Words – Kate Forsyth

Photos – Kate Forsyth

Yering Station Gallery, Yering Station Winery, 38 Melba Hwy Yarra Glen 3775 Victoria, Australia. Max Grierson, Savaad Felich, Robyn Henchel and Mim Kocher. Until 30 September, 2012.

Have you recently wrestled with an old lady for the last loaf of sour dough? Have you honked your horn while simultaneously shouting at a pedestrian on crutches to hurry up? Been complaining about ‘all the roadworks’ making you late? Have you told a colleague to eat a bag of dicks? In the past fortnight, have you made your mother cry? Pushed a kid over? Elbowed someone in the face during netball who was ON YOUR OWN TEAM? Rooted your girlfriend’s sister? Told your boss, “See you next Tuesday” when it was Thursday, knowing full well that you will see them Friday?

If you answered yes to any of the above, you are in acute and desperate need of a break from city life, work life, people life, family life and your girlfriend’s sister’s lady garden. The city also needs a break from you.
The Yarra Valley welcomes angry honkers, bread thieves, child pushers and aggressive netballers. And one particular spot that will help wash away the city residue is the delightful Yering Station in Yarra Glen. On a recent mini-break, we lunched in the restaurant, admired the architecture and gardens, before a final stop at the cellar door, which doubles as a gallery.

The work of four artists was on display (and is until the end of September), cluttering the walls and sitting on wine barrels and the floor.
Many of Mim Kocher’s brightly coloured paintings made of recycled bases, acrylic and ceramic paints, dyes, inks, powders and resin feature flying women and are quite striking, pulling you in for closer examination. Hailing from the nearby Healesville, Mim is sure to be a local favourite.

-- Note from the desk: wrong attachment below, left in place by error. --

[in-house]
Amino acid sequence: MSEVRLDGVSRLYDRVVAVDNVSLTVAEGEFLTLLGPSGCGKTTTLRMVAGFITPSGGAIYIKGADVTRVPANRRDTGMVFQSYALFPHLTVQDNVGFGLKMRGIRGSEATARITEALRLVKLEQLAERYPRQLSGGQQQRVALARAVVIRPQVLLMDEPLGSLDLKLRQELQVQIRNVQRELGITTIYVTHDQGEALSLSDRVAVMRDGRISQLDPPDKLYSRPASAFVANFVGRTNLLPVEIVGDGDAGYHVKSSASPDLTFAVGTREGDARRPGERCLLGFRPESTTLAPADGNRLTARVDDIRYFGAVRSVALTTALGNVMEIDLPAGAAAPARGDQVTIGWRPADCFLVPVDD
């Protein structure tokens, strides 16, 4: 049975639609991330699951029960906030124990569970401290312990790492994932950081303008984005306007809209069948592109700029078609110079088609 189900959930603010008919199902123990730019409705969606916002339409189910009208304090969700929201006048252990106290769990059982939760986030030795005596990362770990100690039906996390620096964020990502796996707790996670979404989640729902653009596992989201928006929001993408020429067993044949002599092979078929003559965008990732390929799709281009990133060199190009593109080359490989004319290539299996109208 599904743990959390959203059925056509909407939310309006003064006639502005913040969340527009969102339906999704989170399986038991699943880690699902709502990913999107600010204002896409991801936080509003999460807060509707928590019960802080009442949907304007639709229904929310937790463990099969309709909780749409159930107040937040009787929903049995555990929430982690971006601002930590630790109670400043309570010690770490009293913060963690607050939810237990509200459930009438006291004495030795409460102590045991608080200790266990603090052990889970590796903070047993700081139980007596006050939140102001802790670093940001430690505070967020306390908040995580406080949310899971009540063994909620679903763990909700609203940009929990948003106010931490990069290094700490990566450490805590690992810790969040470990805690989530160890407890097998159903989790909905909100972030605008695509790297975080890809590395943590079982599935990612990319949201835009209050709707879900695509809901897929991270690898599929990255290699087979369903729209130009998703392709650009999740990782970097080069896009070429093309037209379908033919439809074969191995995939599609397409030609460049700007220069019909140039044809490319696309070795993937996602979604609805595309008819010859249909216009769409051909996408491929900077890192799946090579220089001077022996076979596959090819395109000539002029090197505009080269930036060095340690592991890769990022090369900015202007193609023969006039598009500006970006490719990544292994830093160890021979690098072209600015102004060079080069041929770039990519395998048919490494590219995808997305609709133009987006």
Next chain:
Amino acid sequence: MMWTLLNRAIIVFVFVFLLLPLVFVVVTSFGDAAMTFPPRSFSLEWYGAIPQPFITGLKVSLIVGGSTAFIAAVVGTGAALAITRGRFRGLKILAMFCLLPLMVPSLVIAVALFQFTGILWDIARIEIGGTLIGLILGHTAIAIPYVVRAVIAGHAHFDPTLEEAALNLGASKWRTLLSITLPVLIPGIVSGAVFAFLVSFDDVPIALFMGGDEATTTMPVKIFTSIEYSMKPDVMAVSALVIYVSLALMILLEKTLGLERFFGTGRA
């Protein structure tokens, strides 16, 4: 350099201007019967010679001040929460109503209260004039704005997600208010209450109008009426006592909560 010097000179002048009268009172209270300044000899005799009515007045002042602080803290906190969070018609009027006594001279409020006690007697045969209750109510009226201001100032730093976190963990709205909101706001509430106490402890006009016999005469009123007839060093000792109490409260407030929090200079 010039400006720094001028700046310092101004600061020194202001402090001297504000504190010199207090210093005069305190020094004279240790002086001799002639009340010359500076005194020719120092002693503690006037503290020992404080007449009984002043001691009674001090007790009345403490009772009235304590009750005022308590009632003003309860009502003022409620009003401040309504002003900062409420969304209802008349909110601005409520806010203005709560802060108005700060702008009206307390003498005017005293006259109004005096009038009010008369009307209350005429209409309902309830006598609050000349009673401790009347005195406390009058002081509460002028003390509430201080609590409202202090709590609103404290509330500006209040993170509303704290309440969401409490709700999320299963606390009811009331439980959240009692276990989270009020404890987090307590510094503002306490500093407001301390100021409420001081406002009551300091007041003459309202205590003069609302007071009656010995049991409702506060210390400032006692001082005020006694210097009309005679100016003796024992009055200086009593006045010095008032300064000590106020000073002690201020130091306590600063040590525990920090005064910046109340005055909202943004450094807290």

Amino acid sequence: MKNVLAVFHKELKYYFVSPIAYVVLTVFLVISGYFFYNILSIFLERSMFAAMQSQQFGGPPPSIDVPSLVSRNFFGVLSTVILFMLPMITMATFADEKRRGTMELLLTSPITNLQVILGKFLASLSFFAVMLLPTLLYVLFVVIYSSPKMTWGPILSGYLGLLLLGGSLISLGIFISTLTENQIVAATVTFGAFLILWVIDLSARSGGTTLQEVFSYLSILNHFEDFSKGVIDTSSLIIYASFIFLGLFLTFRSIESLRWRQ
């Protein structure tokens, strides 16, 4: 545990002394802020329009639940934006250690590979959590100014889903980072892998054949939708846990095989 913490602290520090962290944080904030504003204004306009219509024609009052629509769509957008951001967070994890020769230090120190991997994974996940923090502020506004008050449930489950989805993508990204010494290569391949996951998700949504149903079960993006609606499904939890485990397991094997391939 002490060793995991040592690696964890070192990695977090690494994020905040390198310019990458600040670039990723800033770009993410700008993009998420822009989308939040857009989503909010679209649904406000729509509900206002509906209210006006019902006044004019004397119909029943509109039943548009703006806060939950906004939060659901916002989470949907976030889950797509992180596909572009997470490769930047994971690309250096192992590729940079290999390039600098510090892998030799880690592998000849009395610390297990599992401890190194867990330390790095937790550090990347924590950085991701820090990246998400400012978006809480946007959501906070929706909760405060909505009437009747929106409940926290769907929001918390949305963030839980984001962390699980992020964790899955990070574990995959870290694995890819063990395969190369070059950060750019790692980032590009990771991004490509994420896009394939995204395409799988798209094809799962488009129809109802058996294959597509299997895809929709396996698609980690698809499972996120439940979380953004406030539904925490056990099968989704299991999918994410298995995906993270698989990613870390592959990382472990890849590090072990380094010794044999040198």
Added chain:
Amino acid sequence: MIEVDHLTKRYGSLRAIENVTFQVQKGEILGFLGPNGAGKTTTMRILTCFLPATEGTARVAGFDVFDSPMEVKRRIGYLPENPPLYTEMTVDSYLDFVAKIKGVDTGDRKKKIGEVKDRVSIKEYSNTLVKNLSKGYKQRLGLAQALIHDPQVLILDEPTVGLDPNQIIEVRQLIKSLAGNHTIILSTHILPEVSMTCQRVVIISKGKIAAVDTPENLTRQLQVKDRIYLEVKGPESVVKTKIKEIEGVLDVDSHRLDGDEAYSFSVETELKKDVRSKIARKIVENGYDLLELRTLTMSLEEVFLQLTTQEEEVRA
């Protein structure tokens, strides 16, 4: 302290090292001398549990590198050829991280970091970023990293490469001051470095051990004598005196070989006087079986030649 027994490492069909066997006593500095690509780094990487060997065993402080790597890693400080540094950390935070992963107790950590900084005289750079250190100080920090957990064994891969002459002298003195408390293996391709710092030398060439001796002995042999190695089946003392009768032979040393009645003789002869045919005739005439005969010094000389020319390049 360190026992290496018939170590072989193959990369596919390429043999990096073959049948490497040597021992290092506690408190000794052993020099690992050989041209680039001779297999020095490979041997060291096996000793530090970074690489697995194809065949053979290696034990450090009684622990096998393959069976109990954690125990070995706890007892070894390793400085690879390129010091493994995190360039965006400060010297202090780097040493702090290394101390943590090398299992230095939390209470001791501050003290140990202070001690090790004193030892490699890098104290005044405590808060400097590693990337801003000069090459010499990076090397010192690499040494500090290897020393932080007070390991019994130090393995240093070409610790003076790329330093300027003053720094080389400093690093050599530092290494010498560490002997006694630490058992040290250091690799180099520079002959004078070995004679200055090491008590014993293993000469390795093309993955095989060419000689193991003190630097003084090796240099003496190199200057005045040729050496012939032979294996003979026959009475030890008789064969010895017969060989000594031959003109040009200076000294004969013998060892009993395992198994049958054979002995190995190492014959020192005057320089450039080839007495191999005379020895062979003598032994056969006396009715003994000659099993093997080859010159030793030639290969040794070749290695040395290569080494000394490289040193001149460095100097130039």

Savaad Felich’s wood carvings are by no means your typical hippie wood carving. They’re fun, contemporary and different. Part table leg, part alien, the result is a series of animal like creatures, some standing as tall as person.
Robyn Henchel’s acrylic paintings on canvas are nature inspired, with bright block colours that grab your attention. The simple detail of the landscapes make you feel all happy in your special place. A great remedy for those afflicted with the aforementioned ‘city issues’.

Max Grierson’s acrylic and ink paintings combine naturalism, impressionism and fantasy to create rather moody landscapes, which are highly suited to the lovely landscape surrounding Yering Station.
ON AND OFF THE WALL contains a huge number of artworks and is worth a look. Fifteen per cent of commissions is donated to the Leukimia Auxillary of the Royal Children’s Hospital (LARCH), so you can acquire art while contributing to a very worthy cause. Surely, that’ll warm your cold dead heart?
The cellar door where the gallery is situated is a lovely space, as is the restaurant which is strikingly beautiful with views and food that make you gush ridiculously to your lunch companion. May I also recommend standing in the treed area between the restaurant and cellar door? If after absorbing all this loveliness, you still wish to kick a bin over, I diagnose you a serial turd and say to you, ‘See you next Tuesday’. Good day.